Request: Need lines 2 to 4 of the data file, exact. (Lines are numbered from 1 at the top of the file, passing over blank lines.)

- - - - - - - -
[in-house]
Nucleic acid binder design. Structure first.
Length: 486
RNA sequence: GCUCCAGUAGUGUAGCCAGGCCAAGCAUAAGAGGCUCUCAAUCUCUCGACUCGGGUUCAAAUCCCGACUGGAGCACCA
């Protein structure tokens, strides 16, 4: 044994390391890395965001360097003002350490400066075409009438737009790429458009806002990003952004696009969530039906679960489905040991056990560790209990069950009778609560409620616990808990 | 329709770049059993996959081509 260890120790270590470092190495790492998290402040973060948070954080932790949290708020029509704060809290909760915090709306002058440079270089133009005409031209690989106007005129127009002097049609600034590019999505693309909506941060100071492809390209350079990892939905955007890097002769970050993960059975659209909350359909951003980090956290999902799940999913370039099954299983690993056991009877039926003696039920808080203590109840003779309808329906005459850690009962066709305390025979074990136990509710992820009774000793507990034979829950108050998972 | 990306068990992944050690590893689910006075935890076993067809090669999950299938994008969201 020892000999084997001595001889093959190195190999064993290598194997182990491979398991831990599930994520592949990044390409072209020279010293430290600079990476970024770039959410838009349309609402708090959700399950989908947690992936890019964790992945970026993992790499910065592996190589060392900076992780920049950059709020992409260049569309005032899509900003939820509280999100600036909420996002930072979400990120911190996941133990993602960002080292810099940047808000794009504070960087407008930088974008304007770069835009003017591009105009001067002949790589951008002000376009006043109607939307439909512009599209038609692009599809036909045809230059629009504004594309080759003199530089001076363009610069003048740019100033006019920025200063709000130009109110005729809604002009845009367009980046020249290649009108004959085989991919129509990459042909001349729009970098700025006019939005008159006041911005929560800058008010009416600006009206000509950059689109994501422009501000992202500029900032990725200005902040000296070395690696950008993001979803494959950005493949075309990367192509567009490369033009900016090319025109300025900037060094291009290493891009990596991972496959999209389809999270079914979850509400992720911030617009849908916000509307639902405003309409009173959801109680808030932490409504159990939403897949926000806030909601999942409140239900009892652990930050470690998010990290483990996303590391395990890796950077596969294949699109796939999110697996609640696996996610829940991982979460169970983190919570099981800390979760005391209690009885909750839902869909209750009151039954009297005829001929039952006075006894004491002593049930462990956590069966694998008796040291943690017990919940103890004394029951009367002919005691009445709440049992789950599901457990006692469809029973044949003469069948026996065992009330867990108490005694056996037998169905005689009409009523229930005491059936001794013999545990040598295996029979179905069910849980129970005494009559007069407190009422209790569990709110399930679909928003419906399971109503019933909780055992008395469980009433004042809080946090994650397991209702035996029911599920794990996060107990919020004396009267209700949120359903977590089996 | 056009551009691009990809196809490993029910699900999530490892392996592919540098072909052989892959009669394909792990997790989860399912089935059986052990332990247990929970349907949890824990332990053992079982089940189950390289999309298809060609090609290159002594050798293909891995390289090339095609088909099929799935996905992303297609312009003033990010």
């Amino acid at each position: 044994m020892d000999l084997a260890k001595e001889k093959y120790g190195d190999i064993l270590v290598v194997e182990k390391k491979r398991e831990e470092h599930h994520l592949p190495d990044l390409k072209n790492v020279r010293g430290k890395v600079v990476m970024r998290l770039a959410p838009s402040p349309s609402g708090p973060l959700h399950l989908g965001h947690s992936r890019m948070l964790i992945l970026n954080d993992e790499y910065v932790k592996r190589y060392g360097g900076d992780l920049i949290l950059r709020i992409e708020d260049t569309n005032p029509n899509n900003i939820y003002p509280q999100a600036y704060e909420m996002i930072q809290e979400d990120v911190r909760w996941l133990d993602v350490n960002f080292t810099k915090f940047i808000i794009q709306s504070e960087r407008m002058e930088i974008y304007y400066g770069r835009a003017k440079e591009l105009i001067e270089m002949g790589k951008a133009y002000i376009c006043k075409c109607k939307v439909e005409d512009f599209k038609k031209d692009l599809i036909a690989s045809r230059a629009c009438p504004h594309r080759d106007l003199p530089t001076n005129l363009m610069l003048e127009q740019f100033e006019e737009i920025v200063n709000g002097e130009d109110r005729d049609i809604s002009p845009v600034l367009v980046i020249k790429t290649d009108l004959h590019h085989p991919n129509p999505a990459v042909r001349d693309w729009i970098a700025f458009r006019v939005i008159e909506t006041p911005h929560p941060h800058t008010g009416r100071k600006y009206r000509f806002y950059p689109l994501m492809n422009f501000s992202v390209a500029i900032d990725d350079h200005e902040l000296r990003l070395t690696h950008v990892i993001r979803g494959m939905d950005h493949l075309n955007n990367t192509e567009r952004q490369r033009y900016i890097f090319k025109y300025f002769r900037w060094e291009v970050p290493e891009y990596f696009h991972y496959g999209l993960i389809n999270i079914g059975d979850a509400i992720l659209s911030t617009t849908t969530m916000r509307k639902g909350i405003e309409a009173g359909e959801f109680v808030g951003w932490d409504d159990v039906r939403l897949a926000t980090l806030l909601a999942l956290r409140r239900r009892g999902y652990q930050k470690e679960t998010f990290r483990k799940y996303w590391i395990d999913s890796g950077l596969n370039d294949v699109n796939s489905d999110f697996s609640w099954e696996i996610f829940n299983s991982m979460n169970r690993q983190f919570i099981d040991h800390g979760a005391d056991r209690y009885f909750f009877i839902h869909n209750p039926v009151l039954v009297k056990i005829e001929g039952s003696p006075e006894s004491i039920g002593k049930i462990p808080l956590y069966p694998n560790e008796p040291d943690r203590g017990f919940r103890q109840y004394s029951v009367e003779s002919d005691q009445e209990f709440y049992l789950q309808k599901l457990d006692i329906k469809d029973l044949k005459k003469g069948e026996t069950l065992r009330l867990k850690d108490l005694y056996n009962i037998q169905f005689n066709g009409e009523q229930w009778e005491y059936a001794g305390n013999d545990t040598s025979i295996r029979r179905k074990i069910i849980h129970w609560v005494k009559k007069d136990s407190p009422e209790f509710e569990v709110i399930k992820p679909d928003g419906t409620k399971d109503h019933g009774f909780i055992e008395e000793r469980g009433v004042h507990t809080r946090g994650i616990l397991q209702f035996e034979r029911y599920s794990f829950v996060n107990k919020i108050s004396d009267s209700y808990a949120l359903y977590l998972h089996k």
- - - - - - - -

Nucleic acid binder design. Structure first.
Length: 486
RNA sequence: GCUCCAGUAGUGUAGCCAGGCCAAGCAUAAGAGGCUCUCAAUCUCUCGACUCGGGUUCAAAUCCCGACUGGAGCACCA